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Fauci urges police officers to get vaccinated as union protests heat up

The Washington Post logo The Washington Post 10/18/2021 Bryan Pietsch, Annabelle Timsit, Lateshia Beachum
NYPD officers stand guard during a St. Patrick's Day Mass at St. Patrick's Cathedral in Manhattan on March 17, 2021 in New York City. © Michael M. Santiago/Getty Images NYPD officers stand guard during a St. Patrick's Day Mass at St. Patrick's Cathedral in Manhattan on March 17, 2021 in New York City.

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Anthony S. Fauci, the United States’ top infectious-disease expert, is urging police officers to get vaccinated against the coronavirus — saying the resistance “doesn’t make any sense” as “more police officers die of covid than they do in other causes of death.”

Police departments are facing an infection crisis, as departments around the country seeking to mandate vaccines clash with police unions and officers who oppose the requirements.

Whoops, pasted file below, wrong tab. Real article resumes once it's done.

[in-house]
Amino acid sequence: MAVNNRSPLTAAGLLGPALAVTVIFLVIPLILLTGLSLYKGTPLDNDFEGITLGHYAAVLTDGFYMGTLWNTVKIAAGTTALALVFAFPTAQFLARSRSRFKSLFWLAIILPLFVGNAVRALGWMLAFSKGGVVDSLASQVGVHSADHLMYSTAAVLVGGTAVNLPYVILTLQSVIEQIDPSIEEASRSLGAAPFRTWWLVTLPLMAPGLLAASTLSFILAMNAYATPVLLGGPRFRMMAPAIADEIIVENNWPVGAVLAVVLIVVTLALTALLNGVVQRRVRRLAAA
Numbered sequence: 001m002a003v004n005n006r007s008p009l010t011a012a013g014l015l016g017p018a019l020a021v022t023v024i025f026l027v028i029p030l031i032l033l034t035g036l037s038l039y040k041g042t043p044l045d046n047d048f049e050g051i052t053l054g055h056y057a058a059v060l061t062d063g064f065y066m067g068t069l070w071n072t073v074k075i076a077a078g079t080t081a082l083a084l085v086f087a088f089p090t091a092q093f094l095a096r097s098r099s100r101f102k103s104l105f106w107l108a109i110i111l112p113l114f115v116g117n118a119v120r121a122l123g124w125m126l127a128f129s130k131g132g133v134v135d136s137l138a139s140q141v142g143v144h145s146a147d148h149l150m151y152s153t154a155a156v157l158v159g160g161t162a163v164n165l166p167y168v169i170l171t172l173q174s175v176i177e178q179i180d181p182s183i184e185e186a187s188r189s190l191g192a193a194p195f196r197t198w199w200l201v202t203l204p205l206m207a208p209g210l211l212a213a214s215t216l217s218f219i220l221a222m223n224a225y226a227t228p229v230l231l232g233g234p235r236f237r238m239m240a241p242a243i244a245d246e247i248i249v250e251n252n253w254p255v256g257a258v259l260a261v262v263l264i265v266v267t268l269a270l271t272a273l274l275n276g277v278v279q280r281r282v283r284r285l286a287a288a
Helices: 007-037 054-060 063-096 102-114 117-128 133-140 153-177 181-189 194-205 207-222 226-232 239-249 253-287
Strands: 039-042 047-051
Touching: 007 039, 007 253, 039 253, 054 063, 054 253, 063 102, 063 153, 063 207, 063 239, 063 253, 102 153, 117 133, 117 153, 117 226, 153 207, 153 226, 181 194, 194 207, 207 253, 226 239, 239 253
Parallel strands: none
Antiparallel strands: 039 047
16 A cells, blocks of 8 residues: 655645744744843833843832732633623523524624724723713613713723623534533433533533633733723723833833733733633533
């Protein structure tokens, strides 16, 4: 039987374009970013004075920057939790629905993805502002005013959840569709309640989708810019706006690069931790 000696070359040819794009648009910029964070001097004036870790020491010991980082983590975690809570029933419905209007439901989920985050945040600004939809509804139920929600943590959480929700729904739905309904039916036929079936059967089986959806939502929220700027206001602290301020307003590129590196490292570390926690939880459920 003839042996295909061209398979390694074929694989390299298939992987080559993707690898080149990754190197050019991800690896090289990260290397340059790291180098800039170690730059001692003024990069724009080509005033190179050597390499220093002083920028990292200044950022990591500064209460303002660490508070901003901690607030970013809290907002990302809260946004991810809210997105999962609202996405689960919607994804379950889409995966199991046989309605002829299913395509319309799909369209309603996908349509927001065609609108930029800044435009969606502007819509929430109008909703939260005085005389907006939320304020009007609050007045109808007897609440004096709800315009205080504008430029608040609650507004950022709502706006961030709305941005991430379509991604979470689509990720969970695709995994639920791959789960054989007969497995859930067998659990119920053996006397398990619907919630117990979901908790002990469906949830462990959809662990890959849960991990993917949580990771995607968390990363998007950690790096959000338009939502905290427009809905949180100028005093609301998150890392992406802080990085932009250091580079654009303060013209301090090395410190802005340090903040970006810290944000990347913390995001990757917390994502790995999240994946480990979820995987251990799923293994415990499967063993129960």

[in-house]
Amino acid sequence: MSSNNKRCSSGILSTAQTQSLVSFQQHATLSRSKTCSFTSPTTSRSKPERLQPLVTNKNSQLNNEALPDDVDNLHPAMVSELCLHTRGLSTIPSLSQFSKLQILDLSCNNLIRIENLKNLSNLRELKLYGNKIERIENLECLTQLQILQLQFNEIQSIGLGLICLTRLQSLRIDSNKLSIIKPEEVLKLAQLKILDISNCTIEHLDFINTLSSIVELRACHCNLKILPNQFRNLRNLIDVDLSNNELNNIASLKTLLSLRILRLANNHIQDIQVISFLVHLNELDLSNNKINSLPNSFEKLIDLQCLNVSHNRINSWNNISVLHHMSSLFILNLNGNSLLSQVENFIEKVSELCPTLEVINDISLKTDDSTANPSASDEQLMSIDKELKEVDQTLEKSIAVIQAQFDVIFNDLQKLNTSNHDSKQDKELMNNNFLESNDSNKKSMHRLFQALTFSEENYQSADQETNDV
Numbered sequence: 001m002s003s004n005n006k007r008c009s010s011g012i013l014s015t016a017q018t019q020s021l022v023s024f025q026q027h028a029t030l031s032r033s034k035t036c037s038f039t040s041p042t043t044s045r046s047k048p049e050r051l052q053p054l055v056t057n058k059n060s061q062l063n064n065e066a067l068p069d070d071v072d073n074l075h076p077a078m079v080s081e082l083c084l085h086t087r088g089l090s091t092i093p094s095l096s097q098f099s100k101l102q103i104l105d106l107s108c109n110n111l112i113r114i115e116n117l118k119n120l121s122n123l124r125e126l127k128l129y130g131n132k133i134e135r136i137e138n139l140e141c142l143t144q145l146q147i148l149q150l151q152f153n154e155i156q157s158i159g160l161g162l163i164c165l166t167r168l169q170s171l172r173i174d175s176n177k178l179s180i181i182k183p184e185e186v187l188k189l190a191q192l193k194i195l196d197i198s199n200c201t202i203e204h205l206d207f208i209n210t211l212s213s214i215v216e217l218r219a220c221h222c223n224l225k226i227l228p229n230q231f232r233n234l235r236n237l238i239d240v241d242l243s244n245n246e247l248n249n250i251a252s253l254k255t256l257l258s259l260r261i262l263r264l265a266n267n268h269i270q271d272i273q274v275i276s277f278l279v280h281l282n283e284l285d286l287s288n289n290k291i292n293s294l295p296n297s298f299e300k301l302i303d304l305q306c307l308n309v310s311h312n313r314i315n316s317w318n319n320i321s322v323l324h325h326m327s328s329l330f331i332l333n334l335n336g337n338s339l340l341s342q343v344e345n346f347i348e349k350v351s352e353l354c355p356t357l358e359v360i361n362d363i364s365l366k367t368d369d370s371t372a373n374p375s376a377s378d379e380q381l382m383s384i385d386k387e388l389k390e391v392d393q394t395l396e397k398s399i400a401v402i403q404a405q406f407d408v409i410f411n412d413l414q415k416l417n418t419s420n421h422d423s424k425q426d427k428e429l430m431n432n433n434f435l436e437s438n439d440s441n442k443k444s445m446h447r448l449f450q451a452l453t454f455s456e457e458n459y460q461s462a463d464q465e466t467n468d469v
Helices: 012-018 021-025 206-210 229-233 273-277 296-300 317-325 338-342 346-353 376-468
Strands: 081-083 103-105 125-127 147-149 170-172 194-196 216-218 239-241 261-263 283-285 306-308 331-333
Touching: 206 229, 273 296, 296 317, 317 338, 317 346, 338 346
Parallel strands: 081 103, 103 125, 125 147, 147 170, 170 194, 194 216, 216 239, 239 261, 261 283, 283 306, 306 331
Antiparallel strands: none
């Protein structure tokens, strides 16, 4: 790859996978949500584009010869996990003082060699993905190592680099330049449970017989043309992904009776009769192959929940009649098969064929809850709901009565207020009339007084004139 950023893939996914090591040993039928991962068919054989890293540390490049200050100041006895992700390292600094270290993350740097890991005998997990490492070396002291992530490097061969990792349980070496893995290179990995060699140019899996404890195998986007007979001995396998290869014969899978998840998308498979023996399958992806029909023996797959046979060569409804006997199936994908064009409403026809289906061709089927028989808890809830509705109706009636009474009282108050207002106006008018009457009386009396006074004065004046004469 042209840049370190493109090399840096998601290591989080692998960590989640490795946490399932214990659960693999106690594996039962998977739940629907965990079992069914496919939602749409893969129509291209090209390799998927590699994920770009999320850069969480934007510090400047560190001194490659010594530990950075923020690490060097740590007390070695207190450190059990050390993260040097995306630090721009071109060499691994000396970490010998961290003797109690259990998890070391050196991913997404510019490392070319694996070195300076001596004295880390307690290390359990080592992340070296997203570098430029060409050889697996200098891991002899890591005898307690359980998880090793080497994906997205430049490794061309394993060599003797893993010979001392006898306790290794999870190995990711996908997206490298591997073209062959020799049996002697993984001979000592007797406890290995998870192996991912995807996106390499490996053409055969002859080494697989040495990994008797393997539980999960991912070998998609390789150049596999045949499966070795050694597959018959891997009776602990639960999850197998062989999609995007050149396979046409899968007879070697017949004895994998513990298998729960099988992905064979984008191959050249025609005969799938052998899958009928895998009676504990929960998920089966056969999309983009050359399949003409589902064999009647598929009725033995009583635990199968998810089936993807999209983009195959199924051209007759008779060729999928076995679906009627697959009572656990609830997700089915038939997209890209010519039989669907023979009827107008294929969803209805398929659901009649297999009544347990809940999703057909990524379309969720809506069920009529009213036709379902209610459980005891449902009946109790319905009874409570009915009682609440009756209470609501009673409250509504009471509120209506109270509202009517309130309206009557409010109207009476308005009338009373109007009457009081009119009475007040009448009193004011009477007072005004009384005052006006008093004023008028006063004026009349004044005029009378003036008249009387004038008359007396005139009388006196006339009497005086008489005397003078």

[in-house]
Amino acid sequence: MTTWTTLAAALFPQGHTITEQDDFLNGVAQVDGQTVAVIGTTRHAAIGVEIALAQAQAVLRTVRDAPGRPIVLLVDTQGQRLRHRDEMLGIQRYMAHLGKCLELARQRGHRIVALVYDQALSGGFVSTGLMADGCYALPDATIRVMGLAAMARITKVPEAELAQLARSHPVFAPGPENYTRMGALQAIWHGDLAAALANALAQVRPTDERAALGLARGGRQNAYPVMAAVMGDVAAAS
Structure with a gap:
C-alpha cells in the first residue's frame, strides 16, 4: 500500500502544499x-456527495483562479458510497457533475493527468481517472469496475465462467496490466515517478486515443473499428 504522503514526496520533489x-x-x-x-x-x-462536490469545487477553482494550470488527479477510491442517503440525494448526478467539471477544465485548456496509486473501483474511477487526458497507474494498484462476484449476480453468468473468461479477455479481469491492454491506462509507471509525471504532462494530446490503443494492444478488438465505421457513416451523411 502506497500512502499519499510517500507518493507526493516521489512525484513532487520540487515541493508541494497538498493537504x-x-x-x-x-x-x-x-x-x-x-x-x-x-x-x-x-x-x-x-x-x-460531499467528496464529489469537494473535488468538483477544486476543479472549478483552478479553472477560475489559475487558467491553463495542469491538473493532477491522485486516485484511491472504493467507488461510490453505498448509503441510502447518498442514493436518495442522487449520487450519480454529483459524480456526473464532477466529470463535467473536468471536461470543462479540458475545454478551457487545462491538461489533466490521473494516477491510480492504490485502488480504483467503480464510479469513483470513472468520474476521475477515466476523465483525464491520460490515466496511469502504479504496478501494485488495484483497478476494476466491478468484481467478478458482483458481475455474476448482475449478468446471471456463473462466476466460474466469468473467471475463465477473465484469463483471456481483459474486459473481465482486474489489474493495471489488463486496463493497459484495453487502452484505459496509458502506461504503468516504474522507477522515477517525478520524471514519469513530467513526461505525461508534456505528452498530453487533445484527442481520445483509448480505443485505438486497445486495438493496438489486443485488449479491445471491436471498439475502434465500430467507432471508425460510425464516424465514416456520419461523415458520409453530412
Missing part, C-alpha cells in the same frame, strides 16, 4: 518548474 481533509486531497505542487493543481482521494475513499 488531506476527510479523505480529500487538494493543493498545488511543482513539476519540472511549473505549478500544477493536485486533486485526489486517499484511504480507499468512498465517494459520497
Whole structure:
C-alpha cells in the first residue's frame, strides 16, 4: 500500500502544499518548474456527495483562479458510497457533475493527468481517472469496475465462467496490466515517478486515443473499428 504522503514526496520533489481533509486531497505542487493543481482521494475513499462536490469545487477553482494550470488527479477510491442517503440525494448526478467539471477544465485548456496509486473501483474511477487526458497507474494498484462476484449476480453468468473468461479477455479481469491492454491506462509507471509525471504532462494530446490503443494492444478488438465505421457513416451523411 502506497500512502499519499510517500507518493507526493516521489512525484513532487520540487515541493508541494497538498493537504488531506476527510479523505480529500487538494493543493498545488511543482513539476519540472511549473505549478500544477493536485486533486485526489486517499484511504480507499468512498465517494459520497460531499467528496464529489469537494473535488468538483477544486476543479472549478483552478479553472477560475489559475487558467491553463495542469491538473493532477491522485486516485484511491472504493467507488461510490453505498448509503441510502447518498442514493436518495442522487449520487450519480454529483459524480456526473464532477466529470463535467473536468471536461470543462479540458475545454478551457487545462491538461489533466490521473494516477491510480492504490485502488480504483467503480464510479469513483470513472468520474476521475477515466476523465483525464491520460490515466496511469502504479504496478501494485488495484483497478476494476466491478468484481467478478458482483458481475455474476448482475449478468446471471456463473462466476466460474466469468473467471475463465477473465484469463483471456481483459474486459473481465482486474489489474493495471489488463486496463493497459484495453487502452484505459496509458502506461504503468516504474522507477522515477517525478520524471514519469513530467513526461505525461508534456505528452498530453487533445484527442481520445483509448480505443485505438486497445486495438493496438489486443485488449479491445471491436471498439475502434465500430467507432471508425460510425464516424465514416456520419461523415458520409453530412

Law enforcement officers are considered to be at higher risk because they are exposed to more people in the line of duty. Fauci urged Americans in critical jobs to consider “the implications of not getting vaccinated.” He added: “I’m not comfortable with telling people what they should do under normal circumstances, but we are not in normal circumstances right now.”

Hundreds of police officers have died of covid-19 since the start of the pandemic. The disease caused by the coronavirus was the leading cause of death for officers in 2020 and 2021; five times as many died of covid-19 than of gunfire in the same period, according to the Officer Down Memorial Page, which tracks the on-duty deaths of U.S. police officers.

Meanwhile, some police unions and officers are filing lawsuits to block mandates. In Chicago, a deadline for police officers to report their vaccination status passed Friday as the head of the police union urged officers not to comply — and the city’s mayor, Lori Lightfoot (D), vowed to put noncompliant officers on unpaid leave starting this week. The department is preparing for possible shortages by restricting time off for the rest of the police force, local television station WLS reported.

U.S. coronavirus cases tracker and map